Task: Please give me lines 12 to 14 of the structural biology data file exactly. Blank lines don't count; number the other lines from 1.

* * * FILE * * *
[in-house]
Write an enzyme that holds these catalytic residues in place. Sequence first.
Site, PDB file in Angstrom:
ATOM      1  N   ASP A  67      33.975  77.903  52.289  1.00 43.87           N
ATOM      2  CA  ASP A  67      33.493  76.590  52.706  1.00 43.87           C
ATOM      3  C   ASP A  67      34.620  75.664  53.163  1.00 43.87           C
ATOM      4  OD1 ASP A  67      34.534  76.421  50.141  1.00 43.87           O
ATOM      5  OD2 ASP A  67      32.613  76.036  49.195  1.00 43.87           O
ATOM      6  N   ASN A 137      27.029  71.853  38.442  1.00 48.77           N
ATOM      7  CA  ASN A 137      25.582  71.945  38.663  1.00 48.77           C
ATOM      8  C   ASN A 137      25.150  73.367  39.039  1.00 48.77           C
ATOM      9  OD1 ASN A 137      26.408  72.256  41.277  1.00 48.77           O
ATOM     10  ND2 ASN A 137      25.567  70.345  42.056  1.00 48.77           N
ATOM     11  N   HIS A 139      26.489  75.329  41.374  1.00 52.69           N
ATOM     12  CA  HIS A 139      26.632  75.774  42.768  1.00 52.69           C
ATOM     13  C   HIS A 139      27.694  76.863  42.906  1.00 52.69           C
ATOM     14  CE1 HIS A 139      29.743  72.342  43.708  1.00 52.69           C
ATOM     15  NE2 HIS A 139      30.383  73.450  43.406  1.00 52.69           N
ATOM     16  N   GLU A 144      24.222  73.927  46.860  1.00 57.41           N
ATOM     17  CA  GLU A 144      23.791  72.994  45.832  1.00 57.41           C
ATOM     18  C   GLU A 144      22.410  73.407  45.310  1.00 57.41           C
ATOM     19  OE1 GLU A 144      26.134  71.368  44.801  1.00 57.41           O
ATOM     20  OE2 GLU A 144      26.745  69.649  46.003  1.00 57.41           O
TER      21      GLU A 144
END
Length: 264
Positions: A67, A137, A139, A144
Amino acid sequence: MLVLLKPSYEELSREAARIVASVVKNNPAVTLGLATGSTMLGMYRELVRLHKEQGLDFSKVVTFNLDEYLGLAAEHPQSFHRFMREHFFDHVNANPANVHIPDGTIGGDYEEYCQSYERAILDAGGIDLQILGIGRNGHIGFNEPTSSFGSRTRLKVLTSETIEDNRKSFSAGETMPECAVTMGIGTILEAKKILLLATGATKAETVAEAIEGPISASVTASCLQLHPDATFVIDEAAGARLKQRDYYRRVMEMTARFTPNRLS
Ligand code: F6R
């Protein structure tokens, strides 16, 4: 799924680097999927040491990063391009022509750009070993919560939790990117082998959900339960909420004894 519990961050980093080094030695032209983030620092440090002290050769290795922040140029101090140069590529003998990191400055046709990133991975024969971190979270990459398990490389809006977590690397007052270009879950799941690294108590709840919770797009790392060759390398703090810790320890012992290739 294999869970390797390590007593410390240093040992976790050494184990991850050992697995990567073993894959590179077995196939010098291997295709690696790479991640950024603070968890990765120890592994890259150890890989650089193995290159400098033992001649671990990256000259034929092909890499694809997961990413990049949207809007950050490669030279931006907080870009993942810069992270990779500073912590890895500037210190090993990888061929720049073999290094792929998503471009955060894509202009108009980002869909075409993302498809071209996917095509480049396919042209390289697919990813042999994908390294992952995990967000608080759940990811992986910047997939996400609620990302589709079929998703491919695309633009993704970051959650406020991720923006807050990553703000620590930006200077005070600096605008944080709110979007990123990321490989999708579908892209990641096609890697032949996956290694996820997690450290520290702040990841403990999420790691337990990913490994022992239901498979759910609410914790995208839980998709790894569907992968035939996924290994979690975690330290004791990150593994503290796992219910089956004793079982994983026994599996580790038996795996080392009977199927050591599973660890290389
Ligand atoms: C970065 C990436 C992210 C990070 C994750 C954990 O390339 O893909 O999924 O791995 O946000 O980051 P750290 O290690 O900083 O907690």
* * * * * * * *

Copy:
ATOM      9  OD1 ASN A 137      26.408  72.256  41.277  1.00 48.77           O
ATOM     10  ND2 ASN A 137      25.567  70.345  42.056  1.00 48.77           N
ATOM     11  N   HIS A 139      26.489  75.329  41.374  1.00 52.69           N